For statements can be varied, and you may find yourself needing to use a variation of it for your particular situation. In this section, I will provide a handful of simple variations from what you've seen just to give you an idea of what is possible.

Array! Array! Array!

One of the most common uses for a for statement is to loop through items in an array:

var myArray = ["one", "two", "three"];
for (var i = 0; i < myArray.length; i++) {

Notice that my condition for how long I loop is involves the array's length (myArray.length) as opposed to some fixed value like 25.

For performance benefits when working with really large arrays, you can cache the value of myArray.length:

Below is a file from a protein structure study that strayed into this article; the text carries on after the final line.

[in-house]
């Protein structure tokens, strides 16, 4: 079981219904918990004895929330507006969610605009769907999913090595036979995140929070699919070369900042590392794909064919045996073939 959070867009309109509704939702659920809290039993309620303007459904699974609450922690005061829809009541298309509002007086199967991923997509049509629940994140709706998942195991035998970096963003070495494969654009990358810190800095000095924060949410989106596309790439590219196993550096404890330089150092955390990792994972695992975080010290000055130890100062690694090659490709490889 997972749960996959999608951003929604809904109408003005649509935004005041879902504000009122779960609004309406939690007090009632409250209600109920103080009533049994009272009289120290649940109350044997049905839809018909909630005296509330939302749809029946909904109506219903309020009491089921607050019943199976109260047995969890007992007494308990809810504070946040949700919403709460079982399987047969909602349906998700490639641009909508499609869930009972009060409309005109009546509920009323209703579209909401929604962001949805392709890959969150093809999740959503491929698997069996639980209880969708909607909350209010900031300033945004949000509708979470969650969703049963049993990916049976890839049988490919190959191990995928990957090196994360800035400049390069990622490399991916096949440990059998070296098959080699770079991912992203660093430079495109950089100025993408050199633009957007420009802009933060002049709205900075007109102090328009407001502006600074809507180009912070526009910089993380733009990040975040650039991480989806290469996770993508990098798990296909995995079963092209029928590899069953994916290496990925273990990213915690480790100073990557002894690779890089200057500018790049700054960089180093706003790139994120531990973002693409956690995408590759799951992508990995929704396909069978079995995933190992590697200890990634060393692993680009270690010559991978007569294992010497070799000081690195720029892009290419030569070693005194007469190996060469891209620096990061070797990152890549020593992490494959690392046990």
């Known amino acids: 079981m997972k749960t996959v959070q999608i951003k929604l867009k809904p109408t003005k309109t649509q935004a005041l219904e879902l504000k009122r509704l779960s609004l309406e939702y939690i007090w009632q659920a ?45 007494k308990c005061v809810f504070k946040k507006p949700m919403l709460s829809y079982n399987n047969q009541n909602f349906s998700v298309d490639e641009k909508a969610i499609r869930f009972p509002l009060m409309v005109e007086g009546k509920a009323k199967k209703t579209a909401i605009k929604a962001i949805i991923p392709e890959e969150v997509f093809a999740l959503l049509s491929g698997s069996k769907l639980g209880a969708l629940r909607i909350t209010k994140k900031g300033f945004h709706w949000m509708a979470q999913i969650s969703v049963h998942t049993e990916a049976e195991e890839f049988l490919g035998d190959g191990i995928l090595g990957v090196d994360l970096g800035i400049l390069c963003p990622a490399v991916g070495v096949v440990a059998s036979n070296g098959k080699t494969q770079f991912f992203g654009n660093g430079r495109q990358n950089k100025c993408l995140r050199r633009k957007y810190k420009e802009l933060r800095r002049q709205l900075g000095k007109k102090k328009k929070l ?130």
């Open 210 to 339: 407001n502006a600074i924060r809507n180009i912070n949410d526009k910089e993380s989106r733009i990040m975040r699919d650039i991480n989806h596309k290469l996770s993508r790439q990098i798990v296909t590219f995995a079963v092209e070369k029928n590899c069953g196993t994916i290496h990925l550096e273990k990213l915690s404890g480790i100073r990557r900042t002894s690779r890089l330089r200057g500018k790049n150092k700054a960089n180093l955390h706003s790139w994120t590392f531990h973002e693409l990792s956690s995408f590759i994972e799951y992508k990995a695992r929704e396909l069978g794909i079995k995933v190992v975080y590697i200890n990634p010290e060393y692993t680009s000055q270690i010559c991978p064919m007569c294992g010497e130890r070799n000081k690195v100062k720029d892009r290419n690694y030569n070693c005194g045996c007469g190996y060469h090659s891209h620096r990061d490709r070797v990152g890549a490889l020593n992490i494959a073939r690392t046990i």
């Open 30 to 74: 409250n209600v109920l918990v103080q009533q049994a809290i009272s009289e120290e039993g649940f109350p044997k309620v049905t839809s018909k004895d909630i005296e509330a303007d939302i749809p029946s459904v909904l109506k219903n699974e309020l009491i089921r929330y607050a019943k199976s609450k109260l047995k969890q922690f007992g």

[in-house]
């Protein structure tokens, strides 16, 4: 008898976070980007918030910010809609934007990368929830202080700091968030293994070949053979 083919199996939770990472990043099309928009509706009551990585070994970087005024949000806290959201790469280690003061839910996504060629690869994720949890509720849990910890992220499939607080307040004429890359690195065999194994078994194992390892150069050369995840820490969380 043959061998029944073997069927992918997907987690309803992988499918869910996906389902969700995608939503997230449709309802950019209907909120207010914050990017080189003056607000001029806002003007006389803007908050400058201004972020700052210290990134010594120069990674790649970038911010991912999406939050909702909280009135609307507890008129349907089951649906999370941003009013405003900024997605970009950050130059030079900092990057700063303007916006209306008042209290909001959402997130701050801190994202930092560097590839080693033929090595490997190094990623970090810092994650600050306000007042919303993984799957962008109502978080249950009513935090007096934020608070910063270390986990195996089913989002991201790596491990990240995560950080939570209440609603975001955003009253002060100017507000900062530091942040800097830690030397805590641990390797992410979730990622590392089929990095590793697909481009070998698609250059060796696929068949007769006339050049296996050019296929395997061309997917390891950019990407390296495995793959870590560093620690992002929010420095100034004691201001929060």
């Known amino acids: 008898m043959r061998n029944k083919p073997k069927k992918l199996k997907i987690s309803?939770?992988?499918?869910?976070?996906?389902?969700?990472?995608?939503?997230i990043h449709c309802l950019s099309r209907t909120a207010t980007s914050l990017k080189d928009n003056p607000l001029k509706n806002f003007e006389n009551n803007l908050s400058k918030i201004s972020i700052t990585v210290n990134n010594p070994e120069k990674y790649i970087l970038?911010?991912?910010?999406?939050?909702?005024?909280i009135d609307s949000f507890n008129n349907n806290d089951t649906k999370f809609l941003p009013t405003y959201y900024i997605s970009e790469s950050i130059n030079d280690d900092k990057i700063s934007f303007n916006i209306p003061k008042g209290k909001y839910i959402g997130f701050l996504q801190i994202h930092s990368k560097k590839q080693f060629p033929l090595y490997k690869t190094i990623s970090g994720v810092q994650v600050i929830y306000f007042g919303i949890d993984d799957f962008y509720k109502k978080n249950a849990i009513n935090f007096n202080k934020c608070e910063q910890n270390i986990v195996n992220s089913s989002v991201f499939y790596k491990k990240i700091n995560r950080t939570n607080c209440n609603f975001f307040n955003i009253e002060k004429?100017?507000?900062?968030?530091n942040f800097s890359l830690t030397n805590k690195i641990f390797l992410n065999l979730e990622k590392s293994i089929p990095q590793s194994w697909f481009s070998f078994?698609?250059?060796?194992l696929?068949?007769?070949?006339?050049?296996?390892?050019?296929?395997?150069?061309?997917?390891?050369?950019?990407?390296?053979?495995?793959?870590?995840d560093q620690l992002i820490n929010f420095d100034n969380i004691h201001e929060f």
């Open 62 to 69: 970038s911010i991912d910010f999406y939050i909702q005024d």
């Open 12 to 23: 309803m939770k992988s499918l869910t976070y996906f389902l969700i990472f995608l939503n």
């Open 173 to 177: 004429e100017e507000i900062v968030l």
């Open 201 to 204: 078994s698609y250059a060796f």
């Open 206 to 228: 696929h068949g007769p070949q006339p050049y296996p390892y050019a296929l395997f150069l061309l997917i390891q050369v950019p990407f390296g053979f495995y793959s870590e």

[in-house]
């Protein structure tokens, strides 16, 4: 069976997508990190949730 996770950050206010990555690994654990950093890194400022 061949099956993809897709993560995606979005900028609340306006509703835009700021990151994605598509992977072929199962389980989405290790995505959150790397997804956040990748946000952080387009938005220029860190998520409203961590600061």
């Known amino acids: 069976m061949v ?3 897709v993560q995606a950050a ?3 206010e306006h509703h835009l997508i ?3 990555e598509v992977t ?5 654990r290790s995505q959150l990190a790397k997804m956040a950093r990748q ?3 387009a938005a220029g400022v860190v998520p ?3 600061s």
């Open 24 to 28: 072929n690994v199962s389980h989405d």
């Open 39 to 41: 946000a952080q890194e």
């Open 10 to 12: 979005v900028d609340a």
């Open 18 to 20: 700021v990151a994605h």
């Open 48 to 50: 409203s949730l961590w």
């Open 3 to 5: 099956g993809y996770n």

var myArray = ["one", "two", "three"];
var arrayLength = myArray.length;
for (var i = 0; i < arrayLength; i++) {

This avoids you having to look-up the length each and every time your loop is running. Instead, you use the much quicker arrayLength variable which gives you access to the stored length value.

Going Backwards

There is no reason for why you have start at 0 and then increment upward:

for (var i = 25; i > 0; i--) {

You can just as easily start high and then decrement until your loop condition returns a false.

You may have heard that doing something like this increases your loop's performance. The jury is still out on whether decrementing is actually faster than incrementing, but feel free to experiment and see if you notice any performance benefits.

You Don't Have to Use Numbers

When filling out your for loop, you don't have to only use numbers:

for (var i = "a"; i !="aaaaaaaa"; i += "a") {